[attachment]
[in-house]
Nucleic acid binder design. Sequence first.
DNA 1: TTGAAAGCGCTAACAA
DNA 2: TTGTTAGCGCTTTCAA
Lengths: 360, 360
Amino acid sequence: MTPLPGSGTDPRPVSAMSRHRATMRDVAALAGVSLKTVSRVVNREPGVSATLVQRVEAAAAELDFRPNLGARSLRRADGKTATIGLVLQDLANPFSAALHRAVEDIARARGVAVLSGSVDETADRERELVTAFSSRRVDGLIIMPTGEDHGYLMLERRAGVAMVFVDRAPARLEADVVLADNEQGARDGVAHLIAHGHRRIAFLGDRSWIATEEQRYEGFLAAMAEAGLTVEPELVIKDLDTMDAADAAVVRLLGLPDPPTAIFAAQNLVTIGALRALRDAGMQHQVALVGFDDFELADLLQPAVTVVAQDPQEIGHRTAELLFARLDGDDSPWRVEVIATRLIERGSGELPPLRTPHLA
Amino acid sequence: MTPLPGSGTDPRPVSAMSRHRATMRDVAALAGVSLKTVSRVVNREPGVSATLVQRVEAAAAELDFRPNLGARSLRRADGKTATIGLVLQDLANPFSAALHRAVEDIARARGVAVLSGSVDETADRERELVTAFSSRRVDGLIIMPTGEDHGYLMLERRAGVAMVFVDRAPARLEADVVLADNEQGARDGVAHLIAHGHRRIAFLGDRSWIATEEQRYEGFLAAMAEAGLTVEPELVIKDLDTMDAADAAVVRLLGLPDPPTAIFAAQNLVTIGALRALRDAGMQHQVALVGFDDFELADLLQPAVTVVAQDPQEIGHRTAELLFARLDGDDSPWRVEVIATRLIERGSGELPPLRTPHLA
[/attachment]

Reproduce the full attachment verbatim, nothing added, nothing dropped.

[in-house]
Nucleic acid binder design. Sequence first.
DNA 1: TTGAAAGCGCTAACAA
DNA 2: TTGTTAGCGCTTTCAA
Lengths: 360, 360
Amino acid sequence: MTPLPGSGTDPRPVSAMSRHRATMRDVAALAGVSLKTVSRVVNREPGVSATLVQRVEAAAAELDFRPNLGARSLRRADGKTATIGLVLQDLANPFSAALHRAVEDIARARGVAVLSGSVDETADRERELVTAFSSRRVDGLIIMPTGEDHGYLMLERRAGVAMVFVDRAPARLEADVVLADNEQGARDGVAHLIAHGHRRIAFLGDRSWIATEEQRYEGFLAAMAEAGLTVEPELVIKDLDTMDAADAAVVRLLGLPDPPTAIFAAQNLVTIGALRALRDAGMQHQVALVGFDDFELADLLQPAVTVVAQDPQEIGHRTAELLFARLDGDDSPWRVEVIATRLIERGSGELPPLRTPHLA
Amino acid sequence: MTPLPGSGTDPRPVSAMSRHRATMRDVAALAGVSLKTVSRVVNREPGVSATLVQRVEAAAAELDFRPNLGARSLRRADGKTATIGLVLQDLANPFSAALHRAVEDIARARGVAVLSGSVDETADRERELVTAFSSRRVDGLIIMPTGEDHGYLMLERRAGVAMVFVDRAPARLEADVVLADNEQGARDGVAHLIAHGHRRIAFLGDRSWIATEEQRYEGFLAAMAEAGLTVEPELVIKDLDTMDAADAAVVRLLGLPDPPTAIFAAQNLVTIGALRALRDAGMQHQVALVGFDDFELADLLQPAVTVVAQDPQEIGHRTAELLFARLDGDDSPWRVEVIATRLIERGSGELPPLRTPHLA